So, ifvthrough regulation and interest rates wec asphyxiate property lending, we will also suffocate the increase of the money supply.

    The only practical solution to housing inflation is more supply....

    1. Thanks, Benjamin. The commercial banks actually underwrote the shadow banks through the SIVS that were off balance sheet. When those were forced back upon the banks, the ability of the commercial banks to engage in real estate was essentially over. The commercial banks continued to lend to businesses, but the CP market which funded the shadow banks went under.

  4. Here's my take. It may change after lunch.

    Agreed, in Phoenix less expensive homes continued to increase in value for several months after home prices had peaked in the rest of the market. Case-Shiller price tier data show this too.

    My working theory is that lending standards declined faster after home sales peaked in 2005. It seems lenders desperately lowered their standards to slow the decline in the mortgage business.

    The expanded pool of buyers who could now get a loan with the new lower standards were lower income people because, by mid-2005, pretty much everyone who wanted to buy a home and who could get a loan had already bought one (or two). These new potential lower income buyers bought in lower income neighborhoods.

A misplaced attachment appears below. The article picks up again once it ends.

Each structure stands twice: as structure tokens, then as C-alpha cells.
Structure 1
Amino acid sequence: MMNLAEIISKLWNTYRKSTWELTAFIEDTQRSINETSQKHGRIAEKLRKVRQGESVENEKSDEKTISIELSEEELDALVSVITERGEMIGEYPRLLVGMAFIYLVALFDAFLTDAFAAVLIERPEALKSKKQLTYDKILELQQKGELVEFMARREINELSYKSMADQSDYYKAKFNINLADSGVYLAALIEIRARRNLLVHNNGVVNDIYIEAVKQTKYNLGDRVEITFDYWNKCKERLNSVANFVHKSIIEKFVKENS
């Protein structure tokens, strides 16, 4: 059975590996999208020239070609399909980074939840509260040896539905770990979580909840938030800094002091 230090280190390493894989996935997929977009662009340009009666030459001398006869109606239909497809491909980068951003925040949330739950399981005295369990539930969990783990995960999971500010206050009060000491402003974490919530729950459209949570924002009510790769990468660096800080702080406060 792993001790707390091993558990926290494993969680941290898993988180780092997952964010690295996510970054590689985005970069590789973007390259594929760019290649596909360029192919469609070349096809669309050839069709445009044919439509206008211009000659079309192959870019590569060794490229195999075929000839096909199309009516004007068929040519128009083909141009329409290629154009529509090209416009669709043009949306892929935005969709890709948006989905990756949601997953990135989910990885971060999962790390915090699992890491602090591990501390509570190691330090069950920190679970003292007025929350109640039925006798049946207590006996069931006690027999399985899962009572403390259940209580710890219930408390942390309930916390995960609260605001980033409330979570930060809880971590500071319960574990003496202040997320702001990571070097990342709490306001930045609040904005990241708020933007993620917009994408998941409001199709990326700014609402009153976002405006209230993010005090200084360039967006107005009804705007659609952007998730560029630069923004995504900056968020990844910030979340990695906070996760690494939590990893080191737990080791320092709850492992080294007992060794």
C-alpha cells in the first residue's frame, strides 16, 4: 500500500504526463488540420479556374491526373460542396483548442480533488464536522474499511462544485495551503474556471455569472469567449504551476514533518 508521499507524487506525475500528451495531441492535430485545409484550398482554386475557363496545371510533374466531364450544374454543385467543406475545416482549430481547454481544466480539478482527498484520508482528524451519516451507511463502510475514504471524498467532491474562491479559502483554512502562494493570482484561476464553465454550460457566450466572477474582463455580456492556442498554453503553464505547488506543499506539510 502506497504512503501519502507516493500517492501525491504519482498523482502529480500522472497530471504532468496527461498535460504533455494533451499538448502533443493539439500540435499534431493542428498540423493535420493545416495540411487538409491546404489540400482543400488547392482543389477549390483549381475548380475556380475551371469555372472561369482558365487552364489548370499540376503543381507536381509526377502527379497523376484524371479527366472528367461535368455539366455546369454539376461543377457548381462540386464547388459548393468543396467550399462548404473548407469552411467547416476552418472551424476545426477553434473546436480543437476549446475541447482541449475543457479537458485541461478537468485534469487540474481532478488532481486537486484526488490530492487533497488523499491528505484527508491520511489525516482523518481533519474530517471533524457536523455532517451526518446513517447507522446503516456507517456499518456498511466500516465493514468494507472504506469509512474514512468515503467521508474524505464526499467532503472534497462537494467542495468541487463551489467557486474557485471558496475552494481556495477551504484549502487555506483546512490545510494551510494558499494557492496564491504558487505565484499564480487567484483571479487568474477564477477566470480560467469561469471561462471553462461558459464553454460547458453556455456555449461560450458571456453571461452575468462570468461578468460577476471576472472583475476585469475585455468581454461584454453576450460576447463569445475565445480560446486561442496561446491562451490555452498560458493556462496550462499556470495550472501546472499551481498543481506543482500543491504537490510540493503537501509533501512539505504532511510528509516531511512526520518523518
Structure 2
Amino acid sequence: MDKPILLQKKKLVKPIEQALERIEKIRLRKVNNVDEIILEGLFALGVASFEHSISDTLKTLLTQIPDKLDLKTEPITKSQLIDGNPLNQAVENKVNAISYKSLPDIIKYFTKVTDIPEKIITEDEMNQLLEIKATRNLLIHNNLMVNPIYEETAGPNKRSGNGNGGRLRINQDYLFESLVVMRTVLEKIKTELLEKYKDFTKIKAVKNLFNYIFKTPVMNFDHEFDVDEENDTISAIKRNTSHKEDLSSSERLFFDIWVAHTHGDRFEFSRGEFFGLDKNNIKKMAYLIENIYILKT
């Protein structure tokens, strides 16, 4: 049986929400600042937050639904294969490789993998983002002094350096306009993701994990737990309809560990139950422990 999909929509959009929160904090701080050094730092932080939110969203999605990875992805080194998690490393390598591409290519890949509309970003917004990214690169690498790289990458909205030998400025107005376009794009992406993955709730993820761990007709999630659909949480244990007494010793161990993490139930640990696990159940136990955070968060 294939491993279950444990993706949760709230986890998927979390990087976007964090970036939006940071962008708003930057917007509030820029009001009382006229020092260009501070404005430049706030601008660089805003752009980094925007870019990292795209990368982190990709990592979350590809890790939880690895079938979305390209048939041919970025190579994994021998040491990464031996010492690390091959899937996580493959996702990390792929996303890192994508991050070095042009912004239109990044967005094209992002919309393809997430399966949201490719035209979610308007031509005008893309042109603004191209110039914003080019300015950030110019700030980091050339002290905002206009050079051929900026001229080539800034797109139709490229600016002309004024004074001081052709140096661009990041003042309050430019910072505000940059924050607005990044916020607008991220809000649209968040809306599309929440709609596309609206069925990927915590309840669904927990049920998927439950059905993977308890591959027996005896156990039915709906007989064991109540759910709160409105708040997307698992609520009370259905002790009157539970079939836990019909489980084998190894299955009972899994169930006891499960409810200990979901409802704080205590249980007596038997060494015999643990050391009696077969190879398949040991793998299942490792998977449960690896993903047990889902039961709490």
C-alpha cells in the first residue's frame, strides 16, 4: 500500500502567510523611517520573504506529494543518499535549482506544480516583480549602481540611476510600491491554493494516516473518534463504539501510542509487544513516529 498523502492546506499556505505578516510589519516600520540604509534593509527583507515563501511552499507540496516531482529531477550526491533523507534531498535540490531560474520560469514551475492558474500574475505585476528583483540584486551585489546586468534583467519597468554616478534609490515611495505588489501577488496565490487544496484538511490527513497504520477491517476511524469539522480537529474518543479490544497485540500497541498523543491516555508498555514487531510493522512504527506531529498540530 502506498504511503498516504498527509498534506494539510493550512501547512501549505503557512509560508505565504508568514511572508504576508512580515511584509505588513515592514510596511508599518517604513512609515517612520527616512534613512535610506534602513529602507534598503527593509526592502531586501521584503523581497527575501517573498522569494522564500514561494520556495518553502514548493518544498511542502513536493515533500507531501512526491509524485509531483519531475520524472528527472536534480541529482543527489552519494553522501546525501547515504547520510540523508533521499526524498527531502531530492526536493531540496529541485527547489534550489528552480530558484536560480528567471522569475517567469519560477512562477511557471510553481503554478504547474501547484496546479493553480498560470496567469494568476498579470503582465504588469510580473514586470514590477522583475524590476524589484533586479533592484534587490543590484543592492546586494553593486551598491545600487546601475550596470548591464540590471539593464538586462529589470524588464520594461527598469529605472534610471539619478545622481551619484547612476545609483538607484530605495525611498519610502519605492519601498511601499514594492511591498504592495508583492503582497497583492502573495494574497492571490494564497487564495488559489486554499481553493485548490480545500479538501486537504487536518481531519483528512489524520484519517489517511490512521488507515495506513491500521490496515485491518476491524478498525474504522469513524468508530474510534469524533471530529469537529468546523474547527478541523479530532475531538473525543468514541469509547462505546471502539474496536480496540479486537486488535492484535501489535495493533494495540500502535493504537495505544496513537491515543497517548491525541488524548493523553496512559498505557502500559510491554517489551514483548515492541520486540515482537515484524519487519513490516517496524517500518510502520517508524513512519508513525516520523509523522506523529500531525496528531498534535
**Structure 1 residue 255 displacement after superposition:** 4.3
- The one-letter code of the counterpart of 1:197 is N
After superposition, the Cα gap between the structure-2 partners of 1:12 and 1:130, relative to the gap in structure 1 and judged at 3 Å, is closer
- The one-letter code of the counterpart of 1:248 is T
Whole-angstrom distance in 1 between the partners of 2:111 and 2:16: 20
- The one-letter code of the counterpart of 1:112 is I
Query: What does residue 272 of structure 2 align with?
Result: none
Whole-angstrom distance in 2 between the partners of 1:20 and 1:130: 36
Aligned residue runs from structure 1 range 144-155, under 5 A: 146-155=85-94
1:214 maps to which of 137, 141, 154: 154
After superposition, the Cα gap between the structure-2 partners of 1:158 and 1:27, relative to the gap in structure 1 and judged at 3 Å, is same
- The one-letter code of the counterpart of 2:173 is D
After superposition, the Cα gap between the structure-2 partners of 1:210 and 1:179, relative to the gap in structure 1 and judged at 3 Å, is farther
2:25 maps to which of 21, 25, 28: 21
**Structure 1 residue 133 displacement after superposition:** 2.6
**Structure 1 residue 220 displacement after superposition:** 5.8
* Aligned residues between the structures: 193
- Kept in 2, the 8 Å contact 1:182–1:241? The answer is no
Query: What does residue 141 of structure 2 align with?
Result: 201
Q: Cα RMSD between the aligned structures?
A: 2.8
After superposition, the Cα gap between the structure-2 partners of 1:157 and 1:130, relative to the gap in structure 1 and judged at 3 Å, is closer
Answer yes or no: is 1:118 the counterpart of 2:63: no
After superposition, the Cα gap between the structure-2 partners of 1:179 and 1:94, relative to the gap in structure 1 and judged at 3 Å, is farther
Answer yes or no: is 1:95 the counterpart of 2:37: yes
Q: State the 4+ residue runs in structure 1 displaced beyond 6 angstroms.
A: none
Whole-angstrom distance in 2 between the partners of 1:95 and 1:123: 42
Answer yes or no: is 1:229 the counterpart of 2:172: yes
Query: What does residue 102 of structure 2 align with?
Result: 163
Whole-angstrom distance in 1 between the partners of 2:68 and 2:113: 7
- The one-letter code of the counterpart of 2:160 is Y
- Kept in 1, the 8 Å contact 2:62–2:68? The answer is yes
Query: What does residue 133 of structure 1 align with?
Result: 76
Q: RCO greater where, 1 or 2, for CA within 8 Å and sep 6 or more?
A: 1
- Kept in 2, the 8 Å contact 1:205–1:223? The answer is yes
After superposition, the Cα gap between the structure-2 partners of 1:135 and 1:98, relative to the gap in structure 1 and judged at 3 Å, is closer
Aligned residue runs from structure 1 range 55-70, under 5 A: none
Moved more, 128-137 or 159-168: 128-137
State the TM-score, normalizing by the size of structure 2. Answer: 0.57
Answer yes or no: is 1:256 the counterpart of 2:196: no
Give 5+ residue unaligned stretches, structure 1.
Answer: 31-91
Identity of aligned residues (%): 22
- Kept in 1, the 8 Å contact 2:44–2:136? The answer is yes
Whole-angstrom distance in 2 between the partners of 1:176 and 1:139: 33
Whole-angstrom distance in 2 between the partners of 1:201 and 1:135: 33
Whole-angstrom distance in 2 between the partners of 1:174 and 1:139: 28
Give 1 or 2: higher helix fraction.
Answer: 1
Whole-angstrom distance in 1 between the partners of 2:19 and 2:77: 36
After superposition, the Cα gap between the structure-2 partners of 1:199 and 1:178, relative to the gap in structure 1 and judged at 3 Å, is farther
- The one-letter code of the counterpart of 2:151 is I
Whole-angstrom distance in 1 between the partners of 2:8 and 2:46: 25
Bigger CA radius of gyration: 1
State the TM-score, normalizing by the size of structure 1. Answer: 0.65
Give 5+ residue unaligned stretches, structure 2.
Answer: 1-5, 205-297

So I THINK we ended up with the riskiest loans being more concentrated in lower income neighborhoods.

    That would explain;

    1) why prices continued to increase in those lower income zip codes after prices had already stopped increasing in the rest of metro Phoenix, and

    2) it would also help explain why price declines were worst in those neighborhoods, they had more of the worst loans.

    1. This does seem like a potential answer, but there are a number of issues that I think work against it. Some include:
      1) The rise in homeownership was concentrated at higher income levels.
      2) Most of the decline at the low end happened after the recession started - it was a lagging effect - and it was fairly widespread - hitting cities like Dallas where all home prices had been moderate.

      I think the particular shape of changing prices is more likely due to national factors that were pushing against housing from the top, and this was pushing households at the middle and top more downmarket. The top end in several metro areas had already experienced problematic declines in prices when the low end began to drop. But, those owners just tend to be less apt to default.

      One interesting issue I have seen and I need to think about more is that even though home ownership was declining, originations were increasingly going to first time homebuyers. There was a strong transition of owners selling and exiting ownership. I think before the default crisis hit, there had been a long period of time where financing had become less available, but many households were still able to sell instead of defaulting. But, I need to look at this more.

    2. I use the Survey of Consumer Finances for ownership by income quintile, but it is only published every 3 years. The Census Bureau publishes ownership rates for households above and below the median income, which is less informative, but this shows ownership declining for the bottom half of incomes in late 2006 and 2007. (Table 17 of the Census homeownership tables)